How much time would I spend on the course each week?
    The time commitment varies based upon the student’s current level of CRM knowledge as well as to what extent the student immerses himself in optional supplemental readings. One should plan to spend 5 – 10 hours per week outside of class time. 

    What are the main deliverables for the course and how am I measured? Is there a grade?
    Students are measured on their ability in three areas: discussion panels, writing assignments, and a final project at the end of the course. One of four possible grades may be earned: High Pass, Pass, Low Pass or Failure. In the event of a failing grade, the instructor provides an additional assignment to enhance the student’s understanding of CRM and an opportunity to pass the program.

    Will I have an opportunity to interact with the instructor? 
    The instructor will have dedicated office hours every Friday from 3 p.m. to 5 p.m. Central time (8 to 10 p.m. GMT). During this time, any emails or direct messages will be answered immediately. You should also feel free to email the instructor at any time with questions. The instructor is committed to responding within 24 hours (usually much less). In addition, an optional one-hour Zoom session will be held every Sunday afternoon at 3 p.m. Central time (8 p.m. GMT) where we can gather as a group, exchange ideas, and have questions answered. These Zoom sessions will be recorded for the benefit of those who are not able to attend live.

    What are the requirements for the Integrated Marketing Communications Certificate?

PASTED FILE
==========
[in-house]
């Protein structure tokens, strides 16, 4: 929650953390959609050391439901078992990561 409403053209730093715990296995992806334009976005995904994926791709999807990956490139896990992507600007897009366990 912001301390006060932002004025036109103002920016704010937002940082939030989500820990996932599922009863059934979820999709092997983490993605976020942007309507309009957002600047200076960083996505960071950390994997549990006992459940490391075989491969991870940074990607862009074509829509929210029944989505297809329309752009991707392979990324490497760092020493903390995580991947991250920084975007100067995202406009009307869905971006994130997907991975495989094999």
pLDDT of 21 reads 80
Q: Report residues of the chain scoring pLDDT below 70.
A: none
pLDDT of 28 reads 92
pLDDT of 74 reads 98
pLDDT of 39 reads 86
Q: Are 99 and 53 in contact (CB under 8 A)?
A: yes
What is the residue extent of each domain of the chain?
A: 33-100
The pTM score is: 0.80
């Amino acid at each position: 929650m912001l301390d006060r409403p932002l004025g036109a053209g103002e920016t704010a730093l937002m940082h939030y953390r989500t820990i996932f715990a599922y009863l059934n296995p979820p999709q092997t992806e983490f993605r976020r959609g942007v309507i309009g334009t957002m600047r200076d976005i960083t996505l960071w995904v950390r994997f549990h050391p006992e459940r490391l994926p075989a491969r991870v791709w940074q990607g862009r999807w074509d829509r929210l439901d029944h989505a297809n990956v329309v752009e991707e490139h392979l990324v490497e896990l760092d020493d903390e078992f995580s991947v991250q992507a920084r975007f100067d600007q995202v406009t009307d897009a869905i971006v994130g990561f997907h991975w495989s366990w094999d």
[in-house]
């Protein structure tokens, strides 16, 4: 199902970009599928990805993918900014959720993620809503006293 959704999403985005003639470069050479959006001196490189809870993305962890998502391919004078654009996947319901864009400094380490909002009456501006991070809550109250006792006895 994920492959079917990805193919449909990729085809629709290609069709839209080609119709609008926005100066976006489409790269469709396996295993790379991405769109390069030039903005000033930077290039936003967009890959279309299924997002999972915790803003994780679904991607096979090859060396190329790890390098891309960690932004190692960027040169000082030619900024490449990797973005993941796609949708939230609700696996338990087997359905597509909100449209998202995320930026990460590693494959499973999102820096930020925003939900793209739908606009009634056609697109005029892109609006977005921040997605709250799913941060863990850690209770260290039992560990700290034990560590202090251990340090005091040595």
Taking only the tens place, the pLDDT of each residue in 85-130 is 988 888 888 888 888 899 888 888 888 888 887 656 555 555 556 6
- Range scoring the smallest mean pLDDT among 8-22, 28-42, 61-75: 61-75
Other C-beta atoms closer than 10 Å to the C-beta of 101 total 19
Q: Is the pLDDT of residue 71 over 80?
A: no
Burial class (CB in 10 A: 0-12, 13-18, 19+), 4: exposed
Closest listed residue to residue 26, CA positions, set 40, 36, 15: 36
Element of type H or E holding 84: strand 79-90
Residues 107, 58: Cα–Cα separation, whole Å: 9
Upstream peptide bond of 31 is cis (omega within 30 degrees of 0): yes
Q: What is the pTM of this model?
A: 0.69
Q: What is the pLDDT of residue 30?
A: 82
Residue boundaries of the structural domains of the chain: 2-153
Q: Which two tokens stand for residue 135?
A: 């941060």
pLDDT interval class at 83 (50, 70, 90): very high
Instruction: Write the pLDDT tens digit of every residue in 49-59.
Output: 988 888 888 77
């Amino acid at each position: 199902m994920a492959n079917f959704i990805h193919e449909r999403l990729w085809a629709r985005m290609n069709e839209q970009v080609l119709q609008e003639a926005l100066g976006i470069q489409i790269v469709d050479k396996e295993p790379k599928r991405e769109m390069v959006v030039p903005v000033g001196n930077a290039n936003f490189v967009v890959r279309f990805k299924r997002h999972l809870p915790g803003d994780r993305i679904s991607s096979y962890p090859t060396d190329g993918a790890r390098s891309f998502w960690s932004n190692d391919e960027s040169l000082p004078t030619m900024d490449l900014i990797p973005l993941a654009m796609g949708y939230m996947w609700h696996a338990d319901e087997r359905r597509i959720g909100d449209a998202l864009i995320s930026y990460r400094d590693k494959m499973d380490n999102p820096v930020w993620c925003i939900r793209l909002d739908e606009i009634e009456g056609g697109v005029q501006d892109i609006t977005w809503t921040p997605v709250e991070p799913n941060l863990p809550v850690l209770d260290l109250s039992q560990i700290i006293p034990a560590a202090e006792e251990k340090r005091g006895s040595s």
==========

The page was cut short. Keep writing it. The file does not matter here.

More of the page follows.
To receive the IMC certificate, students must successfully complete three required courses and two elective courses plus one seminar. Follow the link to learn more about the IMC Certificate and review the list of courses

    Do I get DePaul credit for these classes?
    No, but some have been approved for CEU credits. These classes are professional education classes with different requirements than courses taken for academic credit. 

    What is the difference between a certificate and a certification?
    A certificate is earned after completion of a course or a series of courses. Certificates are usually awarded by a training provider or an educational institution. Certification typically includes an experience, an educational component and requires passing an exam. Certifications are awarded by governmental and/or professional agencies and often require recertification to remain certified.

    For More Information, Contact:

    Jurate Murray

    Phone: +1 312-362-5913

    Upcoming Class Offerings

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    Contact Us

    For general inquiries, please email us or call 312-362-6300.